The government is expected to make an announcement about its plans to repatriate South Africans on Thursday.
The Mail & Guardian understands from sources close to the discussions that the Justice, Crime Prevention and Security cluster — which consists of ministers Bheki Cele (police), Ronald Lamola (justice), Aaron Motsoaledi (home affairs), Nosiviwe Mapisa-Nqakula (defence), Ayanda Dlodlo (state security) and Tito Mboweni (finance) — has agreed to repatriate citizens from Wuhan in Hubei province, where Covid-19 broke out in January.
There are 199 South Africans in Wuhan, of which 132 have asked to be evacuated and 13 have chosen not to leave, according to the department of international relations and co-operation. A further 54 people are yet to be traced.
The decision follows an interministerial sub-committee, the National Joint Operational and Intelligence Structure (Nat Joints), offering two options — leave or stay — for South Africans in China, where Covid-19 has claimed more than 2 500 lives.
According to confidential reports circulating among senior government officials, Nat Joints has crafted a contingency plan and identified quarantine facilities for the returning citizens. “The decision to repatriate is in the interest of South African citizens in Wuhan … measures have been put in place to avoid the spread of the virus in the country,” said a note seen by the M&G. The full cost of this, according to the reports, would be R80-million.
A further consideration was the constitutional rights of South Africans in Wuhan. The government is legally obliged to support citizens who may be in “mortal danger” abroad.
South Africa joins several other African countries, among them Egypt, Morocco, Tunisia, Algeria, Madagascar and Mauritius, who have repatriated their citizens.
Last week the M&G reported that the government had considered either evacuating its citizens or leaving them in China. The evacuation option prompted concerns about South Africa’s capacity to handle Covid-19, and the risk of an outbreak in the country.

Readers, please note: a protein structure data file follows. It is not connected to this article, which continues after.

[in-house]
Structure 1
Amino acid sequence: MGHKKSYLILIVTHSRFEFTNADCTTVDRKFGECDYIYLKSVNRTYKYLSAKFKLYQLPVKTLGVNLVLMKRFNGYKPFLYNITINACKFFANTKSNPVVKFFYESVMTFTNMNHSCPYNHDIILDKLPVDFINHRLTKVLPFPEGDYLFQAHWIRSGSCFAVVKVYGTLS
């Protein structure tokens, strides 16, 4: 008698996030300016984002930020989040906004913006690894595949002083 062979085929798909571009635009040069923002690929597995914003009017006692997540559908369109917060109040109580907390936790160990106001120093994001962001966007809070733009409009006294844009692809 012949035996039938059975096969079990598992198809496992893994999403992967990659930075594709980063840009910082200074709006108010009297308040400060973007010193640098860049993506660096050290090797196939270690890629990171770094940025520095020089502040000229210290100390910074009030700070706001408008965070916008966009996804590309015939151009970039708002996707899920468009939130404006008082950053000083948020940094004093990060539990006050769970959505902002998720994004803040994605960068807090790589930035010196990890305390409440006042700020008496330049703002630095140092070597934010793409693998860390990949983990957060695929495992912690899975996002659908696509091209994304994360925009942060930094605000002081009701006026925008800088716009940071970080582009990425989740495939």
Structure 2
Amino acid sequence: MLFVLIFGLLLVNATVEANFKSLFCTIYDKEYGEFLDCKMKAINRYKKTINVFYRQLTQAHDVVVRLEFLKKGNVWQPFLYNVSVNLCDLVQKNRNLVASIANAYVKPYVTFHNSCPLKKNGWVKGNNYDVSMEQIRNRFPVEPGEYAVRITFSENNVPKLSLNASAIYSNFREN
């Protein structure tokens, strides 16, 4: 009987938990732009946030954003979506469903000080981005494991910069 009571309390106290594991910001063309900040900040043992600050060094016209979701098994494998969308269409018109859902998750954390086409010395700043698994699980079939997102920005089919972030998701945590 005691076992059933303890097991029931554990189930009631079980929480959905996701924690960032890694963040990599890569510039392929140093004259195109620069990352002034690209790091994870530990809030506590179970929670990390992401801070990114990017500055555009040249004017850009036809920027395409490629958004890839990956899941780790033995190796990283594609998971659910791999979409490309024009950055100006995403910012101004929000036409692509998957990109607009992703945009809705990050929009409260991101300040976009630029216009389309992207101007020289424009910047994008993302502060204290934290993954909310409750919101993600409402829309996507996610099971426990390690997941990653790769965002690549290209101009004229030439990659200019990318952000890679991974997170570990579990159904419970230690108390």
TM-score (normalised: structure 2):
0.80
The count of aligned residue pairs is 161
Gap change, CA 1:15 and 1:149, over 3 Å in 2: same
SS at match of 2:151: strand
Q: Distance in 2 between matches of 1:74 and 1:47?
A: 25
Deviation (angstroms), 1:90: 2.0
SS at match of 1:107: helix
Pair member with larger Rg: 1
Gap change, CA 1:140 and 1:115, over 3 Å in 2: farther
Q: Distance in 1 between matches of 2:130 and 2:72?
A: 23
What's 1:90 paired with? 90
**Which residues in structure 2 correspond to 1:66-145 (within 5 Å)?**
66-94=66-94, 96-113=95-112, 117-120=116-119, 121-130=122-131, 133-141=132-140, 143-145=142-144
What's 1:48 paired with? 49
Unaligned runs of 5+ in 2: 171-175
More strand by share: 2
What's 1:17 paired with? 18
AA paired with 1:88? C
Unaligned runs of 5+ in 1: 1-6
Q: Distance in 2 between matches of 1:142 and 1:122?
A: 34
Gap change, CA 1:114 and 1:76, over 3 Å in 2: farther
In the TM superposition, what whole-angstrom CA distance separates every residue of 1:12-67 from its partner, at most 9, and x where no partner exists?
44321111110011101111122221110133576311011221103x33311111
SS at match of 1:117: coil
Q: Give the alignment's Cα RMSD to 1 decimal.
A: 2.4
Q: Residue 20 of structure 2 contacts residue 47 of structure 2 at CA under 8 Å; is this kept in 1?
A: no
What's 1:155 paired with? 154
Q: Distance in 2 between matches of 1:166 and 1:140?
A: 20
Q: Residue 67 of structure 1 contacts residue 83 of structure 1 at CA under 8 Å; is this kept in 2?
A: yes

International relations and health departments officials travelled to Bloemfontein to urge the parents of children studying in Wuhan to allow the Chinese authorities to look after them.
International relations’ director of consular services, Chris Chetty, said China had better medical services to deal with Covid-19 and said no one would be brought back to South Africa. This angered many of the parents.
The M&G has also reported that the International relations department had requested the South African National Defence Force to assist it with the evacuation. Defence force officials visited Thaba Nchu and the Tempe Military base near Bloemfontein to assess its suitability for purposes of quarantine and screening people for Covid-19.
Parents of students in different parts of China have vowed to challenge the government if it doesn’t evacuate their children.
“If the government says our children are not in danger, why not bring them back home? Why keep them with infected people, if they don’t pose any danger? We want to see [international relations minister] Naledi Pandor and the president,” said Sinah Moeketsi, mother of Mosa Ramaru. “I don’t think there is anyone in their right minds, who would want to remain in danger and locked in. Those kids are panicking there. This thing about them being safe and calm is a lie.”
The Chinese embassy in Pretoria has invited the parents of students in China to a discussion with the ambassador, Lin Songtain, next Tuesday. “I am very happy to inform you that all the South African students in China are safe, without a single case of infection. The Chinese governments and the universities are giving priority to the safety of international students in China and have been doing all they can to guarantee their daily supplies during this difficult period,” read the invitation from the embassy.
Lin will give a brief about the situation in China, the measures taken against the virus and the progress achieved, including what has been done so far to provide for the needs of the students.
Mail & Guardian